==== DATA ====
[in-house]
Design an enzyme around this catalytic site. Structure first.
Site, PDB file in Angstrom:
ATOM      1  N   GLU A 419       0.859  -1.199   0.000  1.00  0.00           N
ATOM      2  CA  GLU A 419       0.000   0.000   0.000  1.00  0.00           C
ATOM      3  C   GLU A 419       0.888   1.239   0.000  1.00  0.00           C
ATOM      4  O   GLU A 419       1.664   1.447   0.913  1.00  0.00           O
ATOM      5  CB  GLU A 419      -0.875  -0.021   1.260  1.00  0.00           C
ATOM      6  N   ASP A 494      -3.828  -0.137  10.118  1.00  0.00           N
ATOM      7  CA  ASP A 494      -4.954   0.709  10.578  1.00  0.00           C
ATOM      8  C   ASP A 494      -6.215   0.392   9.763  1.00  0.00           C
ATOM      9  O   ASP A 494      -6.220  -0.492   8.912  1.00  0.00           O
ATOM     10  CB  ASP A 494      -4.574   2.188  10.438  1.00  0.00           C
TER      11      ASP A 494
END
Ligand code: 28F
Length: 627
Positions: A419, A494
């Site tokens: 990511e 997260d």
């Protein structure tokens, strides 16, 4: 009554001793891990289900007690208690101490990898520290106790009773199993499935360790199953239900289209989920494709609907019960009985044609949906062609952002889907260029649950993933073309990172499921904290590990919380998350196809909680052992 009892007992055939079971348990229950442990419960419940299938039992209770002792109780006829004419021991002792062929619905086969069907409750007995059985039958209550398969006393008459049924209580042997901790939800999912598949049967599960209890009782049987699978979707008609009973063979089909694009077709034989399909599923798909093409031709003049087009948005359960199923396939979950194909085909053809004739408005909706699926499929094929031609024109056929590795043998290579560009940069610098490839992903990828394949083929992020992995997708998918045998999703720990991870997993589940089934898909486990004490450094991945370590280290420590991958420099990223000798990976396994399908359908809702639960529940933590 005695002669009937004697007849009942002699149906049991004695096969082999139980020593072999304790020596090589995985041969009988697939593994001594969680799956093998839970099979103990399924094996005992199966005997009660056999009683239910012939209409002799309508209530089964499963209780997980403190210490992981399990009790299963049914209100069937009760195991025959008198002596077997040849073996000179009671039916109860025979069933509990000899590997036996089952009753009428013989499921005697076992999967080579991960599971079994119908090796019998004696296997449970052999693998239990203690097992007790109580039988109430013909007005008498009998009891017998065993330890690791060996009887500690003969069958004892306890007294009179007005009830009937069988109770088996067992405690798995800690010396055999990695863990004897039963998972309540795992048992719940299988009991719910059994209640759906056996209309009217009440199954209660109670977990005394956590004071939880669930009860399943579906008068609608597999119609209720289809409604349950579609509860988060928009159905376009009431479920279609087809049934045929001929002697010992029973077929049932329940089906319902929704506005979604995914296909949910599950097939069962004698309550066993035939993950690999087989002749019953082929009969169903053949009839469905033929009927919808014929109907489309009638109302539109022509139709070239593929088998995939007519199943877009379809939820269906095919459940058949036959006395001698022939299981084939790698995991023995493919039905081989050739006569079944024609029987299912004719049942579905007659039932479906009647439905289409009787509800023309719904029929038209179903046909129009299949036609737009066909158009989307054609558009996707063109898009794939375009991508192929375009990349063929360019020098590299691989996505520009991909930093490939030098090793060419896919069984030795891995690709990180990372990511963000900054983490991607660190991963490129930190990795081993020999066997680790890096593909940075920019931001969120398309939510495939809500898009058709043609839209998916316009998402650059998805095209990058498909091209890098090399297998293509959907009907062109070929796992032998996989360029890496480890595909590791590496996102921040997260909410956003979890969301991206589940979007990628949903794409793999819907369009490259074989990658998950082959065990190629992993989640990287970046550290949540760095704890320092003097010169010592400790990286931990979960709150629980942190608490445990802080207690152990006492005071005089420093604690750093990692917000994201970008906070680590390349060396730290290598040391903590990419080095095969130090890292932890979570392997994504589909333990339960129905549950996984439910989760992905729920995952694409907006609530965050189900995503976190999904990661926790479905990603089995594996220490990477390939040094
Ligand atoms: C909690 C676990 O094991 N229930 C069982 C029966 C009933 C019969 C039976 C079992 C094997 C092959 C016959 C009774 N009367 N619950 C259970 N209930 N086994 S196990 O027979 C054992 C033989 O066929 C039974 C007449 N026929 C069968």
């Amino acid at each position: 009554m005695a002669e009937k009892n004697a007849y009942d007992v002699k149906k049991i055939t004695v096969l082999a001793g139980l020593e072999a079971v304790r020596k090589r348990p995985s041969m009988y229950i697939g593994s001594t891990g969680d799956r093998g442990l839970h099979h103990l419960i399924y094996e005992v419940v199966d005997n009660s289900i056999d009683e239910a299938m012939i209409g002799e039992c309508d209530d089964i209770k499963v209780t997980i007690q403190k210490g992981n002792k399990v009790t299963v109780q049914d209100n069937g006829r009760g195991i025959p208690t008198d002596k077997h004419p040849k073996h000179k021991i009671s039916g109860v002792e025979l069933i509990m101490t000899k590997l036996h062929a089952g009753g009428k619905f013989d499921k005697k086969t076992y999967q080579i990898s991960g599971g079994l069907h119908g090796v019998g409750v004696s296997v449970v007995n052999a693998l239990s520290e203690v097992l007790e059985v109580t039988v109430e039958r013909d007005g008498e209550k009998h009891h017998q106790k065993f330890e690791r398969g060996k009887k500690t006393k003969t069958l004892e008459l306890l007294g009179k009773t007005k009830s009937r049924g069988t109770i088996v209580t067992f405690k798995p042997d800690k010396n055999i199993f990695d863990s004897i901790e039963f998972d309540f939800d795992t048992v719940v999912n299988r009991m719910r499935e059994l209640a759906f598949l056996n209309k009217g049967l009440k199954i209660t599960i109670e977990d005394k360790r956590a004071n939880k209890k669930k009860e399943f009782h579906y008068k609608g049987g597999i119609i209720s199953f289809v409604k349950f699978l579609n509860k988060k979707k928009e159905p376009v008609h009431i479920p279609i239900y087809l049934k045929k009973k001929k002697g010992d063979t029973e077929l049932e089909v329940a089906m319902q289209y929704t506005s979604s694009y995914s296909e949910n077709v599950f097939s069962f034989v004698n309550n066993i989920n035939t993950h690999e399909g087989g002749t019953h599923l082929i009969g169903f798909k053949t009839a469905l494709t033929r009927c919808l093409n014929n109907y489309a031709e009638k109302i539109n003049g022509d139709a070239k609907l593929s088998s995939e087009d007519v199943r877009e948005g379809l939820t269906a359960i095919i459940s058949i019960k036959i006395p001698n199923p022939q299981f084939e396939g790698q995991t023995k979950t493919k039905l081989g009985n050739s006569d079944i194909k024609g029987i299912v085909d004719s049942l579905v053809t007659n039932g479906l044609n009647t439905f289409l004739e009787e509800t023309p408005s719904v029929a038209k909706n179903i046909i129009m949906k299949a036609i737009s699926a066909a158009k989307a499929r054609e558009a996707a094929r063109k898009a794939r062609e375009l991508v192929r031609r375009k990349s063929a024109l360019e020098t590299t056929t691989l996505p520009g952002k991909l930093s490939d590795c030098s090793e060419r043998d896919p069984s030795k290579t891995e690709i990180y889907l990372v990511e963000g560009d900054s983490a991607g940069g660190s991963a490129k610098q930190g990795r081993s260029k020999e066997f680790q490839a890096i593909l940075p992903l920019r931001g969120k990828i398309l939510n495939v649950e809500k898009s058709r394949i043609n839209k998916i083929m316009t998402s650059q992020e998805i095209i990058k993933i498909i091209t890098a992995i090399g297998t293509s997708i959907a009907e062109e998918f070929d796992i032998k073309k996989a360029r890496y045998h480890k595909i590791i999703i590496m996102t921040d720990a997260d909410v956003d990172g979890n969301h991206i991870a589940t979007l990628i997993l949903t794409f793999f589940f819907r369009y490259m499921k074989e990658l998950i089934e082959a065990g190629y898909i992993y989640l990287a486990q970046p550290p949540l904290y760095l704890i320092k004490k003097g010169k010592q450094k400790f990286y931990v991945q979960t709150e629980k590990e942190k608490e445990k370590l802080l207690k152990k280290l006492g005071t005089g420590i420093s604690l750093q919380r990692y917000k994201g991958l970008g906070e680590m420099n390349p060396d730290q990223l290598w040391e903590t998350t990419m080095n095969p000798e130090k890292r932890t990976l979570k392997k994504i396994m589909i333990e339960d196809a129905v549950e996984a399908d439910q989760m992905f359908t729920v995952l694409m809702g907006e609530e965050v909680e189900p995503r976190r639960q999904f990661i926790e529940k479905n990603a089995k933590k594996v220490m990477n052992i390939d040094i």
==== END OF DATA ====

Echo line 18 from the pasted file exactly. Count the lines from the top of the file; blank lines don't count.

Positions: A419, A494